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Re: Origin (was: Re: XHR LC Draft Feedback)

From: Collin Jackson <w3c@collinjackson.com>
Date: Sat, 21 Jun 2008 16:46:11 -0700
Message-ID: <986207e70806211646u668ac64ej19a8f40059d3896c@mail.gmail.com>
To: "Bjoern Hoehrmann" <derhoermi@gmx.net>
Cc: "Adam Barth" <public-webapi@adambarth.com>, "Web API WG (public)" <public-webapi@w3.org>, public-webapps@w3.org

On Sat, Jun 21, 2008 at 2:57 PM, Bjoern Hoehrmann <derhoermi@gmx.net> wrote:
> * Adam Barth wrote:
>>We suggest that user agents attach an Origin header to POST requests.
>>This balances the security benefits of easy CSRF protection with the
>>privacy costs.  If user agents attached this header, sites could
>>protect themselves from CSRF by (2) undertaking state-modify actions
>>only in response to POST requests and (2) implementing the below web
>>application firewall rule (e.g., ModSecurity rule):
>
> Isn't that balance a little bit odd? You can virtually eliminate the
> privacy concerns simply by saying no more than "This request has been
> initiated from a site different from the one mentioned in the Host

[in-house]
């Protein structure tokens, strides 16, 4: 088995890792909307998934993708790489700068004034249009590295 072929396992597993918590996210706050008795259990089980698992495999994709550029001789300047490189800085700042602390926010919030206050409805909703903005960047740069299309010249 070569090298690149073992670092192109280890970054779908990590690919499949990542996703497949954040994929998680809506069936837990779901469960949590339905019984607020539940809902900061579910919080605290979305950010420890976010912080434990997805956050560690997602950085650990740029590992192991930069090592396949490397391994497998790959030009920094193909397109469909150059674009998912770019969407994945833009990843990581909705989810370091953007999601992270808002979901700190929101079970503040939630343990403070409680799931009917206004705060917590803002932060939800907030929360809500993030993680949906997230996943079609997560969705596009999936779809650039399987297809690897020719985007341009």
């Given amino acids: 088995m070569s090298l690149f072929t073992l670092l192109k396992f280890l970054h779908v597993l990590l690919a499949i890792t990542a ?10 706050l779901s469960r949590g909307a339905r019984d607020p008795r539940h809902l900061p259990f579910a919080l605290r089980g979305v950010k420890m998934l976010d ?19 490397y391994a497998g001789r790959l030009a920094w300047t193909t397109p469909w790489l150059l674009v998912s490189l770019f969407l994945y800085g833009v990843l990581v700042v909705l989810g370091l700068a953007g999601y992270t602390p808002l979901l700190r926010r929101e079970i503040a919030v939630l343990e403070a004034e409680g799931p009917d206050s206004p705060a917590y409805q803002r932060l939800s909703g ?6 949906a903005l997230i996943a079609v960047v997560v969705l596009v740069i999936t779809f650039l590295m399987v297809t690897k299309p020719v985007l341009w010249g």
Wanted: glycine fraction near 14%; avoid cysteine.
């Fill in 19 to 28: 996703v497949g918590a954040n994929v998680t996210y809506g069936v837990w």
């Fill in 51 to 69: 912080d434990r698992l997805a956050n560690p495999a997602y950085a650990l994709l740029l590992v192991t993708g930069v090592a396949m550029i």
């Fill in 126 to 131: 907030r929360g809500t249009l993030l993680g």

> header", say, `Pragma: cross-site`, without losing much flexibility.
> The scan for "pragma contains 'cross-site'" is also easier to set up.

You can already do something similar without any browser support --
set a "Pragma: Same-Site" or "X-Requested-By: XMLHttpRequest" header
using the XMLHttpRequest API for all same-site POST requests, and use
a firewall rule that blocks POST requests that don't have this header.

The advantage of the Origin header is that it provides sites with
functionality that can't already be emulated with XMLHttpRequest: it
allows them to distinguish trusted (sub)domains from completely
untrusted domains. Imagine if postMessage didn't send the origin, and
instead only included a bit that said whether the message cross-origin
-- there wouldn't be much point checking that bit, since postMessage
is specifically designed for cross-origin communication.

Collin Jackson
Received on Saturday, 21 June 2008 23:46:48 GMT

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